A leading coffee manufacturer wanted to add a function to their coffee machines that could fill every kind of mug (small, large, glass, ceramic) fully or half-fully. The requirement was that system must be able to automatically find the dimensions of the mug and track the filling process in real-time without human intervention.

A lot of time is wasted due to coffee spills due to overfilled coffee mugs, but the challenge was to see if this could be done for a reasonably low cost – around 10 EUR.

As no other coffee machine manufacturer had a flexible solution for their coffee machines, this would give them a competitive advantage as well as add a exciting new gadget to their product portfolio.

Find out how we solved this challenge here: coffee drinks dispenser case

Until now, the professional use of drones is mostly still in an experimenting stage. However, drones are one of the golden nuggets in IoT because they can play a pivotal role, for instance in congested cities and faraway areas for delivery. Further, they can be a great help to give an overview of a large area or for places which are difficult or dangerous to reach.

In one of our previous blogs, we concluded that sensor measurement has mostly been a case of trial and error. In this blog, we list some of the challenges we see for sensor measurement which has to be solved to bring the professional use of drones to full maturity.

Practical challenges which can and must be solved with sensors

Here are some of the challenges we have found:

  • Risk of colliding, with other drones, birds and other air users. Just like other traffic
  • And at point in time, some traffic rules have to be set in place. Sensors can help to let the drone follow these rules
  • How drones can stay on course, even with wind
  • Preventing drones to cross over forbidden (known) areas and unexpected ‘wrong’ areas (e.g. a building or a wood on fire)
  • Challenges with unloading the package:
    • Without damage
    • Without harming people, animals, buildings
    • How the drone will know that the right person gets the package? Can we prevent dogs from biting the package?
  • How to prevent a package from falling? How to alert that a package will probably fall? Or maybe the drone itself? If so, measurement can be taken. Already, there are experiments with self-destruction. But maybe more practical solutions can be found to let the drone aim for a ‘safe area’, such as a park, river, etc. for an ‘emergency landing’.

In all cases, ASN Filter Designer can help with sensor measurement with real-time feedback and the powerful signal analyser? How? Look at ASN Filter Designer or mail us: info@advsolned.com

Do you agree with this list? Do you have other suggestions? Please let us know!

Did you know that there are 23 billion IoT embedded devices currently deployed around the world? This figure is expected to grow to a whopping 1 trillion devices by 2050!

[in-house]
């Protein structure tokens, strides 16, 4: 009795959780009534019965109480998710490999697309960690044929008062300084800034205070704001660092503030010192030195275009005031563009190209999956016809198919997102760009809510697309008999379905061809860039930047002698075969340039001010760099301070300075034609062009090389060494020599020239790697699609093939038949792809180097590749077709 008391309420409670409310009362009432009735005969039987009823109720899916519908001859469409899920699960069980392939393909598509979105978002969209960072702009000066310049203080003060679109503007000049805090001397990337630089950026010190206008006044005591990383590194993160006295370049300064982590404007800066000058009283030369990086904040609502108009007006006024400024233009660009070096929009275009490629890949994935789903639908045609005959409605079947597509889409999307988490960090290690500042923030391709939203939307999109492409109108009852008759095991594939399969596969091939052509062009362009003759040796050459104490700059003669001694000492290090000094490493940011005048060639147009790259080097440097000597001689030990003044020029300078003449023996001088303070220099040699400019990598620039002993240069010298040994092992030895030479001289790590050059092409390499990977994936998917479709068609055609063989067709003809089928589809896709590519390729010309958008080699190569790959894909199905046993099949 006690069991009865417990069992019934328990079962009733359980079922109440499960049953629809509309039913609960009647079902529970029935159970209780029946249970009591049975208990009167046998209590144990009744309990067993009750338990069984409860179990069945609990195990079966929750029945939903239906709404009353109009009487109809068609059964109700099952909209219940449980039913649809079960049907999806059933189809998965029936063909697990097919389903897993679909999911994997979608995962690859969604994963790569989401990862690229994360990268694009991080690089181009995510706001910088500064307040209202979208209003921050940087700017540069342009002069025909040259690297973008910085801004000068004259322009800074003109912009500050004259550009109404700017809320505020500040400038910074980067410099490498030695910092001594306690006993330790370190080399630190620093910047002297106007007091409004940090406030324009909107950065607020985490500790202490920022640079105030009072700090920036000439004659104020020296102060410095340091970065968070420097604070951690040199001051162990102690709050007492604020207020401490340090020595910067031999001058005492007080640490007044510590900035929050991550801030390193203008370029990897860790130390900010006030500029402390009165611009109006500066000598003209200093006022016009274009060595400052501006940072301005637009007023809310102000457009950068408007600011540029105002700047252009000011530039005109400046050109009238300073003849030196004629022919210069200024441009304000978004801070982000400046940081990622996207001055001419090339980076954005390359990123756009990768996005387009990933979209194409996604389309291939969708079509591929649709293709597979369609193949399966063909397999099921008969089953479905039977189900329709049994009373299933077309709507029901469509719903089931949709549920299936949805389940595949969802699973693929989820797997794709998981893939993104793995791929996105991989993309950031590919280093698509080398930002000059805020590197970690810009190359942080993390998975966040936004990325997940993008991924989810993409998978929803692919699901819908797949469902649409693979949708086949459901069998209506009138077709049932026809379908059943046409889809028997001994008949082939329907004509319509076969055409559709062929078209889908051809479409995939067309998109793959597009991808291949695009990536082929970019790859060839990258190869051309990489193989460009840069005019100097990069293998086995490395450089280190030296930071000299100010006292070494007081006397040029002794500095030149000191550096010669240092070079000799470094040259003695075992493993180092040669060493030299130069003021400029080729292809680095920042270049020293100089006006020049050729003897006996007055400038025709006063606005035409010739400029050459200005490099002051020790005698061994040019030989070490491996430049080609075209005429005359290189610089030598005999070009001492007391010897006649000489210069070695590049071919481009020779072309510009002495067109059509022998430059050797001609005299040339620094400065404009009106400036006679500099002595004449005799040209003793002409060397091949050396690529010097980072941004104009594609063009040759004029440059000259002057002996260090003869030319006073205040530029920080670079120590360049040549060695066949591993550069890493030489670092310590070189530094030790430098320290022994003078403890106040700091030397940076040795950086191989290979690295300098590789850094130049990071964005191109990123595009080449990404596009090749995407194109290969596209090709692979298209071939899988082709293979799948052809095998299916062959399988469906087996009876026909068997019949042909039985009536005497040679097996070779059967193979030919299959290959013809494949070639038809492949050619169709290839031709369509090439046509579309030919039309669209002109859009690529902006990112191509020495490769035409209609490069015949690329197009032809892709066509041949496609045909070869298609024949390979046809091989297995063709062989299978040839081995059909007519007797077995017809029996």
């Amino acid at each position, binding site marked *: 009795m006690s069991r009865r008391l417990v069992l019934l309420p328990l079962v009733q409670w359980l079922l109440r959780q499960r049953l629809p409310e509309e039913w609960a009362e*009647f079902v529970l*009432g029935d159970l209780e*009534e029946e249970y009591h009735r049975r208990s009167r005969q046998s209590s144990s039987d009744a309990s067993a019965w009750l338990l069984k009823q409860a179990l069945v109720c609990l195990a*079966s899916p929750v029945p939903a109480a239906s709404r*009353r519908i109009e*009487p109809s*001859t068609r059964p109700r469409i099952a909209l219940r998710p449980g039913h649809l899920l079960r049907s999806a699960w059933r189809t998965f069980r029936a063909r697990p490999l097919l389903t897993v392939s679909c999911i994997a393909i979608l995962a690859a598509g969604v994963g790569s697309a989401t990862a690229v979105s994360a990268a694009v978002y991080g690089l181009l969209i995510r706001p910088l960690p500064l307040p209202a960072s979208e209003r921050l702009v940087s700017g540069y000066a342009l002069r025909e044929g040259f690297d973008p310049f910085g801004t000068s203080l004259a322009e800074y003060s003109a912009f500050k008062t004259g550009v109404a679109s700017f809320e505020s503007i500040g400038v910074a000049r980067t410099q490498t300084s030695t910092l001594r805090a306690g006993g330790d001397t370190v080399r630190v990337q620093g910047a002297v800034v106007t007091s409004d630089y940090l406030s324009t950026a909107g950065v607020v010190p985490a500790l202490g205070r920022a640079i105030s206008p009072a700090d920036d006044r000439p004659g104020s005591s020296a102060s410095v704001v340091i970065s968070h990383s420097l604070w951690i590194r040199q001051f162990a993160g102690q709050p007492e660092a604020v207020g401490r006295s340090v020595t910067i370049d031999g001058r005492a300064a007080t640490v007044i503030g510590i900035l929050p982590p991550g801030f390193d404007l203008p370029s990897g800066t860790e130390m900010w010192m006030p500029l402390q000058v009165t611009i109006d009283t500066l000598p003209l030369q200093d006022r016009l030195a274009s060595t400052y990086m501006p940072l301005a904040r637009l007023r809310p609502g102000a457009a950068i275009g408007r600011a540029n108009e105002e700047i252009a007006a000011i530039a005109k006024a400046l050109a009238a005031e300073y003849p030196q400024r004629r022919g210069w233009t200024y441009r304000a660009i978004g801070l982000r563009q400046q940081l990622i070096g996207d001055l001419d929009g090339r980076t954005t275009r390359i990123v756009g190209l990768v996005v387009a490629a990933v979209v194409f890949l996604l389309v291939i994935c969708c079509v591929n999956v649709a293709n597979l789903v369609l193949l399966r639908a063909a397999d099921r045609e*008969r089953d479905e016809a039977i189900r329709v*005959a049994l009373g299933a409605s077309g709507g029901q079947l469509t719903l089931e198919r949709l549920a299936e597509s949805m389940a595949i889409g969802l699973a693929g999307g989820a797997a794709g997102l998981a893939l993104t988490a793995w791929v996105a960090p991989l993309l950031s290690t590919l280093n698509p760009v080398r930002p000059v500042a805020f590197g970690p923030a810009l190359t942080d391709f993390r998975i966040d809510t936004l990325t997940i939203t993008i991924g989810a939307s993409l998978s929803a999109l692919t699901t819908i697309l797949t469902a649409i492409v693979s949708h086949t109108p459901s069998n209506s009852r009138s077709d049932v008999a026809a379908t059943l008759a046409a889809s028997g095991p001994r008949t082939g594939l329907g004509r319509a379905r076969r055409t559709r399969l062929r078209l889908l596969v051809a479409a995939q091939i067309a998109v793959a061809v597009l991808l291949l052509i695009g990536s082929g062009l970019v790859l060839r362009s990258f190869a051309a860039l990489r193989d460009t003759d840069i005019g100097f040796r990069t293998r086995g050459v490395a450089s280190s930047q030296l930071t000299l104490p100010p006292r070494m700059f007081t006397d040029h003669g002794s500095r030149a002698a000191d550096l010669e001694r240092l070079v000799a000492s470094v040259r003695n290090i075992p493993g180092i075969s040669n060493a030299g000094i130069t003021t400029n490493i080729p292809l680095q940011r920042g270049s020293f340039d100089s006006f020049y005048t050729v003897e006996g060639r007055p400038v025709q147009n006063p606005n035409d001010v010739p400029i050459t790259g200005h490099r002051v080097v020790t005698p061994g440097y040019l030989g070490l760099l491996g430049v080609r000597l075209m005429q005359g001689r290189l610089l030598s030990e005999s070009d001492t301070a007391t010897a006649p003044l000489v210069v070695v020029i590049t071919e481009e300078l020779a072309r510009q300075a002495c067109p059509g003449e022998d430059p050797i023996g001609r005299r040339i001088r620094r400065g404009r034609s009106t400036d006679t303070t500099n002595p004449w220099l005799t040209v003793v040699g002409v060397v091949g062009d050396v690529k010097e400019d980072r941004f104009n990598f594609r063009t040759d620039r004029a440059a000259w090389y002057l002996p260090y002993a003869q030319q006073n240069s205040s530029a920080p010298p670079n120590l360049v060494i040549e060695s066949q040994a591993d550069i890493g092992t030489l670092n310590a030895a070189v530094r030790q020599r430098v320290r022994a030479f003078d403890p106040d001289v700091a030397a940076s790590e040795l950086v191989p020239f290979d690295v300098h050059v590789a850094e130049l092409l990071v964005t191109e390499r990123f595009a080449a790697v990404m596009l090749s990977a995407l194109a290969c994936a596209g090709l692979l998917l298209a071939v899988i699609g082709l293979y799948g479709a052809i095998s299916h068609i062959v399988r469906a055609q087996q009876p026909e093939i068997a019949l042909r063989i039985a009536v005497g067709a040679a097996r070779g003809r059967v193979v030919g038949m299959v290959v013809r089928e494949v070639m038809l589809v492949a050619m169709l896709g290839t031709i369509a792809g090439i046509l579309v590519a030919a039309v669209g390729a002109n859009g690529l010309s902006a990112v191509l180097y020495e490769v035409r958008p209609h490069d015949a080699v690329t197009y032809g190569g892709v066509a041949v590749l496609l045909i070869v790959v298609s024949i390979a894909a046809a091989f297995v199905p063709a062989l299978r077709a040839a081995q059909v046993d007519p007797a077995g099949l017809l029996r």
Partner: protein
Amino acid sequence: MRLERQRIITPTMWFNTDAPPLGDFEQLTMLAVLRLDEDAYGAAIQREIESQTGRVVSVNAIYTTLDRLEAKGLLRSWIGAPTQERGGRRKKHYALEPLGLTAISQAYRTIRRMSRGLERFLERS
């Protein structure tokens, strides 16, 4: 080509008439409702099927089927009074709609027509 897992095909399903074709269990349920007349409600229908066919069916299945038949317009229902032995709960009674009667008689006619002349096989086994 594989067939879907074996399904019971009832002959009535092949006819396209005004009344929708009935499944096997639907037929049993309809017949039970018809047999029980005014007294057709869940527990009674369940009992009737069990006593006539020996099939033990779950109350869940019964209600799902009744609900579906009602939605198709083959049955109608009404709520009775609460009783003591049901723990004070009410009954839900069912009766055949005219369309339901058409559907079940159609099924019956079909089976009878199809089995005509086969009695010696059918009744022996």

Less known, is that 80% of IoT devices are based around Arm’s Cortex-M microcontroller technology. Sometimes clients ask us if we support their Arm Cortex-M based demo-board of choice. The answer is simply: yes!

200+ IC vendors supported

The ASN Filter Designer has an automatic code generator for Arm Cortex-M cores, which means that we support virtually every Arm based demo-board: ST, Cypress, NXP, Analog Devices, TI, Microchip/Atmel and over 200+ other manufacturers. Our compatibility with Arm’s free CMSIS-DSP software framework removes the frustration of implementing complicated digital filters in your IoT application – leaving you with code that is optimal for Cortex-M devices and that works 100% of the time.

The Arm Cortex-M family of microcontrollers are an excellent match for IoT applications. Some of the advantages include:

  • Low power and cost – essential for IoT devices
  • Microcontroller with DSP functionality all-in-one
  • Embedded hardware security functionality
  • Cortex-M4 and M7 cores with hardware floating support (enhanced microcontrollers)
  • Freely available CMSIS-DSP C library: supporting over 60 signal processing functions

Automatic code generation for Arm’s CMSIS-DSP software framework

Simply load your sensor data into the ASN Filter Designer signal analyser and perform a detailed analysis. After identifying the wanted and unwanted components of your signal, design a filter and test the performance in real-time on your test data. Export the designed design to Arm MDK, C/C++ or integrate the filter into your algorithm in another domain, such as in Matlab, Python, Scilab or Labview.

Use the tool in your RAD (rapid application development) process, by taking advantage of the automatic code generation to Arm’s CMSIS-DSP software framework, and quickly integrate the DSP filter code into your main application code.

Let the tool analyse your design, and automatically generate fully compliant code for either the M0, M0+, M3, M4 and the newer M23 and M33 Cortex cores. Deploy your design within minutes rather than hours.

Proud Arm knowledge partner

We are proud that we are an Arm knowledge partner! As an Arm DSP knowledge partner, we will be kept informed of their product roadmap and progress for the coming years.